Friday, December 14, 2012

Smart Girls Get What They Want

Author: Sarah Strohmeyer
Publisher: Balzer + Bray (HarperCollins)
Released: June 26, 2012
Genre: YA Contemporary
Series: No
Source: Kindle

Gigi and her friends are smart. They work hard for great grades that will earn them spots in Ivy League colleges. They're only in tenth grade, but they've been working for this forever. But when they realize that their focus on schoolwork and smart stuff has earned them status as social non-entities, that some of their classmates don't even know they exist, they take a good look at their priorities. Gigi, Bea, and Neerja begin to take a more active role in high school activities and social life, and the things they discover astound them. Their preconceived notions about people, about life, about everything they think they know - all are challenged as they venture out into the big, wide world of high school.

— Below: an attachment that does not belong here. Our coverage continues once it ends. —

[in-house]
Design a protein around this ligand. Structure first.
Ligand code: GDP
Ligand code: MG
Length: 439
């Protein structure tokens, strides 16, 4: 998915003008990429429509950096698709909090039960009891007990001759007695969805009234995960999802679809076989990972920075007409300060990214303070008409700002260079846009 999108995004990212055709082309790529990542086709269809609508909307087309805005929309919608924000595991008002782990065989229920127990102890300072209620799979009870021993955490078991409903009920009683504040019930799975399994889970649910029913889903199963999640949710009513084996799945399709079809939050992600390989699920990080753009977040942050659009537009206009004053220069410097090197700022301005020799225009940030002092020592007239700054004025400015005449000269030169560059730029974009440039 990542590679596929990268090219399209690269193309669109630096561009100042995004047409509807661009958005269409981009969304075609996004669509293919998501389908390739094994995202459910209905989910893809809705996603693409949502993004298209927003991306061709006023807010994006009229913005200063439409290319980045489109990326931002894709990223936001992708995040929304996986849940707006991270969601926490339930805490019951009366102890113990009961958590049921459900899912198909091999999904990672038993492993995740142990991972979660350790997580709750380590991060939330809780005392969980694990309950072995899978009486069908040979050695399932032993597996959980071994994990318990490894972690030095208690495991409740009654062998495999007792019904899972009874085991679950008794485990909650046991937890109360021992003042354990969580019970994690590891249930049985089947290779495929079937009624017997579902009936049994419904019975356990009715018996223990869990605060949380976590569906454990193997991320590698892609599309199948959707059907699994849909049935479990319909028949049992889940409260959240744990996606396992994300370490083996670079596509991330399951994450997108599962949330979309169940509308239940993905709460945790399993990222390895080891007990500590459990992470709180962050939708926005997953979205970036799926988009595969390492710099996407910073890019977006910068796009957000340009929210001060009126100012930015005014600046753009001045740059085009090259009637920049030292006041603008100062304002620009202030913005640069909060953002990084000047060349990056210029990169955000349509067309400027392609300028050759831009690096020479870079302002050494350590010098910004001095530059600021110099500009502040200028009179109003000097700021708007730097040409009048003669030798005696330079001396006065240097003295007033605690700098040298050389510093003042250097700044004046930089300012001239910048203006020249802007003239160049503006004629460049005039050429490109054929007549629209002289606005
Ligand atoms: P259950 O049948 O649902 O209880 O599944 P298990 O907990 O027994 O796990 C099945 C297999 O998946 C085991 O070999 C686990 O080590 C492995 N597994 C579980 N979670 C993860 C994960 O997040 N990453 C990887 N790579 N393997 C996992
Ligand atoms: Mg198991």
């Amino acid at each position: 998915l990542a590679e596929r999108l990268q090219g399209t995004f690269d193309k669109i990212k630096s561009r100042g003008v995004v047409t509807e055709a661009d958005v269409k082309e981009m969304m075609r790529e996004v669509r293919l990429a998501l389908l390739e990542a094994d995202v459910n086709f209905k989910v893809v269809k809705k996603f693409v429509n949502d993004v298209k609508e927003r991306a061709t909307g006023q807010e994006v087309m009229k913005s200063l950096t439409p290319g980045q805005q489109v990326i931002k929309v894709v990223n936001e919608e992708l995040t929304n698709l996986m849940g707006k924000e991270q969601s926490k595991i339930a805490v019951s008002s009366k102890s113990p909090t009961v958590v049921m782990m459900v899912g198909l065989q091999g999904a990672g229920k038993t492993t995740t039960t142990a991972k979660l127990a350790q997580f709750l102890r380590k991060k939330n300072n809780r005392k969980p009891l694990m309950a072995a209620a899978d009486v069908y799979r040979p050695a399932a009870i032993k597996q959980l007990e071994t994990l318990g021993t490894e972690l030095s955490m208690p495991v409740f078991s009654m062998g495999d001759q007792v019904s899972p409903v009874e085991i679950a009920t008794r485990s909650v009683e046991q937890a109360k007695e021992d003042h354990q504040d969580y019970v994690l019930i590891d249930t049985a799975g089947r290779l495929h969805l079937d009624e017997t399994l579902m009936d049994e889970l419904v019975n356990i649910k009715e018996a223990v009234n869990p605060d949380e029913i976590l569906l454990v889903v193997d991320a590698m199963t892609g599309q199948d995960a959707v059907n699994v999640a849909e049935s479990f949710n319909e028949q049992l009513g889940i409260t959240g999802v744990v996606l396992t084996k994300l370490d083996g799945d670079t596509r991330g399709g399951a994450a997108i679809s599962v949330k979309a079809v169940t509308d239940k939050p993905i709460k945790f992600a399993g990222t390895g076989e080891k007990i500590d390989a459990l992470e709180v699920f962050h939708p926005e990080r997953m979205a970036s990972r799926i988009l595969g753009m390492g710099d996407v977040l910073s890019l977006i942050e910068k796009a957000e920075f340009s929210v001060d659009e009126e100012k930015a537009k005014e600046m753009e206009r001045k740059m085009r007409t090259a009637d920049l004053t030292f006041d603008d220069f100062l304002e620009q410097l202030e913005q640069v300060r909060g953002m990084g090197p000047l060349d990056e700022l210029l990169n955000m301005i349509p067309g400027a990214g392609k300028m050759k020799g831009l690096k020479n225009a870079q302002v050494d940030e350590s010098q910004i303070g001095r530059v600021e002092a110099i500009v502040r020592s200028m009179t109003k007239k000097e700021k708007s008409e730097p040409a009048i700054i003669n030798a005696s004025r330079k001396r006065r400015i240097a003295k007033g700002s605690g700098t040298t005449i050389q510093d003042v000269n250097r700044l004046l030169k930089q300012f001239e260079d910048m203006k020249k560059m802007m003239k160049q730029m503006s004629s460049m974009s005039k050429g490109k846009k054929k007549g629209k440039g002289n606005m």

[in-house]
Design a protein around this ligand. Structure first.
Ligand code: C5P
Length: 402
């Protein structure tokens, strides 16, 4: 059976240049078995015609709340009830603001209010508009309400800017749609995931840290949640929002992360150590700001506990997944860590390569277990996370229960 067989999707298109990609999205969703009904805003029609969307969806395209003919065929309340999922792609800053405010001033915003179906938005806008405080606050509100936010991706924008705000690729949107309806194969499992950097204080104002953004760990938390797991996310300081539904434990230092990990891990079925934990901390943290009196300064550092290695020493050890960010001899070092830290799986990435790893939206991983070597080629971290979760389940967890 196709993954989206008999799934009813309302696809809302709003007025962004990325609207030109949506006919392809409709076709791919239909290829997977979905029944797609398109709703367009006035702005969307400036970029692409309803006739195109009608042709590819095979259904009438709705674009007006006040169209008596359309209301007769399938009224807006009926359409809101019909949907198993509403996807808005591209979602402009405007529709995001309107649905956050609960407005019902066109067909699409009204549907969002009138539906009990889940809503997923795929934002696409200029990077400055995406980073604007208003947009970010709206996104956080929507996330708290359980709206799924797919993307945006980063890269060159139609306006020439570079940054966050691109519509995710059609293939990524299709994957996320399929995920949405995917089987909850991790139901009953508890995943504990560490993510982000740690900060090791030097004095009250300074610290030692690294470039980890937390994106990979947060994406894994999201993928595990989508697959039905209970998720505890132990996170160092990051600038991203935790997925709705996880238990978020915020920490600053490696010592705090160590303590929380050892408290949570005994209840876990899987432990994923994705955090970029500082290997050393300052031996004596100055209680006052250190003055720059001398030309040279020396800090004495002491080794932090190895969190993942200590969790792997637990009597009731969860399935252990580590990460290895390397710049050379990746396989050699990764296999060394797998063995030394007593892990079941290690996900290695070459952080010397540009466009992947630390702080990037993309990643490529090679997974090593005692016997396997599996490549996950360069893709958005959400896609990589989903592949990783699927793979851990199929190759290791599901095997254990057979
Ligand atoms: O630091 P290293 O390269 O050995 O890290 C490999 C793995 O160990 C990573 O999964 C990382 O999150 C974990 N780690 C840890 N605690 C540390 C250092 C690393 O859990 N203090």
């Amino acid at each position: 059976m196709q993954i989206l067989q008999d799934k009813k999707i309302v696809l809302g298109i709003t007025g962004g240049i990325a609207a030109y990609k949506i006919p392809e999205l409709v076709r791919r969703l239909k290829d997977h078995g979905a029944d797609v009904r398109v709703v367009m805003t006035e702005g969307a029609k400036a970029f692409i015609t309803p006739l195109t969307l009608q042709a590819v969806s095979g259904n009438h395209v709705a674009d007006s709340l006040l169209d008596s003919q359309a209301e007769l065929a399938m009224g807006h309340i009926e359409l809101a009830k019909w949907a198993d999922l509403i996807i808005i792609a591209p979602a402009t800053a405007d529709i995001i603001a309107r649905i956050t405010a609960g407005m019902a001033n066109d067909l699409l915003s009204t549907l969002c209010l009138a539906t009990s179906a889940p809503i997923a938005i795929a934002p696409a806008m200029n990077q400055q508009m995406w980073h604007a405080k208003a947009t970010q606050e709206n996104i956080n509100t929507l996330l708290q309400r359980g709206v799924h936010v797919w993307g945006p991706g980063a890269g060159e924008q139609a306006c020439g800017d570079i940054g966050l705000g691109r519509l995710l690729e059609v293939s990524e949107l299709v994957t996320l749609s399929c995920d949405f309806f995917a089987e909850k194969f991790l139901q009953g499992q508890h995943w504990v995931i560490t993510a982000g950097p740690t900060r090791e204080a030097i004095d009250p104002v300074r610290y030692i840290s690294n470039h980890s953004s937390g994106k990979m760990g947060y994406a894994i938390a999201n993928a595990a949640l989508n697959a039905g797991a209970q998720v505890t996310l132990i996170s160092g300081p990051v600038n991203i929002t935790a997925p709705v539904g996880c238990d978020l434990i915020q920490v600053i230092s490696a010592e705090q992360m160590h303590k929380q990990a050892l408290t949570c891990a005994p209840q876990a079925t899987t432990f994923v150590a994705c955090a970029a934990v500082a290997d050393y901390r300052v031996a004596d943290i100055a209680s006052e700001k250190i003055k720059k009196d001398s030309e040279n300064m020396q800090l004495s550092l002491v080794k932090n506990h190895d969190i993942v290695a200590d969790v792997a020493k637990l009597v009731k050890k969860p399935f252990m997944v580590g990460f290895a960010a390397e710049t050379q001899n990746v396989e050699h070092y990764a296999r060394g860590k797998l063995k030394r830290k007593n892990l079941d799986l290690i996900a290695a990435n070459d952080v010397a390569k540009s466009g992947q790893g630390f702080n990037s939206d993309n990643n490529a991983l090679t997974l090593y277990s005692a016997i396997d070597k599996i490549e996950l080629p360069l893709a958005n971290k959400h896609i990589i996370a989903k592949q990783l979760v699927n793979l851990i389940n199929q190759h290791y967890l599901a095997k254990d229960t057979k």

A really exciting ride, this book! Lots of twists and turns, lots of surprises - which fits for a book about how blind and ignorant such smart girls could be. They're definitely book smart, but they lack all fundamental knowledge of how things work, of what makes people tick, even of themselves. I love, though, that as clueless as they are, I still identified with them and felt for them right from the start. They're not bad girls, they're not hermits by choice, they just need an education. And boy do they get one!

The people who seem smart are not necessarily so, and vice versa. And people who think they like one person find out they actually like someone else entirely, for reasons that become clearer and clearer to the reader even as those people remain in the dark. And when the girls think they're being shunned, they don't realize that it's mostly their own fault they feel that way.

Then there's the aspect where the girls overcome their fears. Especially Gigi - the way she starts out vomiting at the thought of public speaking and ends up speaking fearlessly when it's necessary is so great, so indicative of her overall growth as a teenager instead of an Ivy-League-bound bookster. 

Small point - I like the parent figures in this book. They're not too meddlesome, but I like that the girls have their parents to support them, even when they go behind their backs. Parents who are there and not in some emotional turmoil with their kids is rare in this kind of fiction, but in this case it allows the focus to be on the girls' social life without being eclipsed.

A really fun read with some deep, thoughtful moments...

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